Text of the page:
THE FAIRY BAN’

Frae: R. De Bruce Trotter, Galloway Gossip (1901), pp. 242-243

IT’S an awfu bit thereawa onywey for folk seein things.

There’s a bit burn comes doon frae The Bogue an Ardoch wey, doon by The Holm Mill, an rins inta The Garpel; an there’s a brig ower’t on the aul’ road yt gangs ower the Mullock tae The Aul’ Clachan.

Weel, the doctor’s faither wus oot yae munelicht nicht seein some unweel buddy aboot The Hardlan, an he wus comin alang naur this brig, whun he met a great ban’ o’ Fairies comin alang in a raw, a’ haudin ither’s han’s an singan.

They wur aboot fowr fit high, an a’ dress’t in green, an there wus a gey wheen lassie yins amang them.

He didna ken hoo tae wun bye, for the road wus nairra, an he stood up tae the side. Than yin o’ them cry’t oot – “Open! an let the honest doctor through;” an wi that they pairtit i’e middle, an stood at the twa sides o’ the road till he wun bye.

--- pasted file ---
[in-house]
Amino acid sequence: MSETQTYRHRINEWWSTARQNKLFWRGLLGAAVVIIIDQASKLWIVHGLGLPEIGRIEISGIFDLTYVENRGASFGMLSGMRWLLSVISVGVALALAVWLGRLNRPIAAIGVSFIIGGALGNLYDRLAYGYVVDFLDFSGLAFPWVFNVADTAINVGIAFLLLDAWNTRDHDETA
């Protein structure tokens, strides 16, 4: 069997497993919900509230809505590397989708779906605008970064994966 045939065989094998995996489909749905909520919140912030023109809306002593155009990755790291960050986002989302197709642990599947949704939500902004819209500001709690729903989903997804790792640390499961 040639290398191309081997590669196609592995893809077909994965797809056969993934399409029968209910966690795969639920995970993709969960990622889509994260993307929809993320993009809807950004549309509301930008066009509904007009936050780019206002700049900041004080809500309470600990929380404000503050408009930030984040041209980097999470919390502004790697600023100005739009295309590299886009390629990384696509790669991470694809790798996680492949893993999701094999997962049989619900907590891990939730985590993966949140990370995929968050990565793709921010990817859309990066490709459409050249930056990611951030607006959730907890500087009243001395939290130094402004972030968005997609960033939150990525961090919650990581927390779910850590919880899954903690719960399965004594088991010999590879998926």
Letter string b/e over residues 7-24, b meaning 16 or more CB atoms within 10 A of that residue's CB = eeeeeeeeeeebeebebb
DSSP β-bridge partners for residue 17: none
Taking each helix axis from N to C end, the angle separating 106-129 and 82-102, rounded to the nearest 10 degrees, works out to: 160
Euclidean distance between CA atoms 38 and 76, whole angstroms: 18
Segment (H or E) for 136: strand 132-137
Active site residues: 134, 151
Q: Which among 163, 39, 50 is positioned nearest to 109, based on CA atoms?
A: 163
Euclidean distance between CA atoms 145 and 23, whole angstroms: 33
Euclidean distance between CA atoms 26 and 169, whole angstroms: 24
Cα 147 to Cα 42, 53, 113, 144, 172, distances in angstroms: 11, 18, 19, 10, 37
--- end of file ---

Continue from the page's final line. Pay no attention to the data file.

They had queer hats on, an every yin as he gaed by pu’t it aff an made a gran’ boo, an a’ the lassie yins made a curtsey.

The doctor pu’t his hat aff too, an boo’t richt an left till he wun bye them, an than he turn’t an bad them “Gude-nicht,” an they answer’t him “Gude-nicht,” but he could see naething o’ them. It wud be aboot 1797, in the wunter time, an it couldna be an alcoholic vision, for he wus a man yt wudna taste drink o’ ony kin. It seems he affen saw Fairies, an they wur ey verra civil tae him, though the yins at The Holm Glen got an ill name thereawa.

GORDIESTON

THE BLACK HORSEMAN

Partial Glossar

Definitions frae DSL (links are tae the relevant entries).

  • Thereawa ‘Of place: away to or in that district, over there, in that general direction.’ [THERE]
  • Gey ‘Of quantity or amount: considerable, good, great, good-sized.’ [GEY]
  • Wheen ‘A few, a small number, several.’ [WHEEN]
  • Wun ‘= Eng. get: (1) to make or find one’s way, to proceed, pass on, to succeed in arriving at some destination, freq. with the notion of surmounting obstacles on the way.’ [WIN]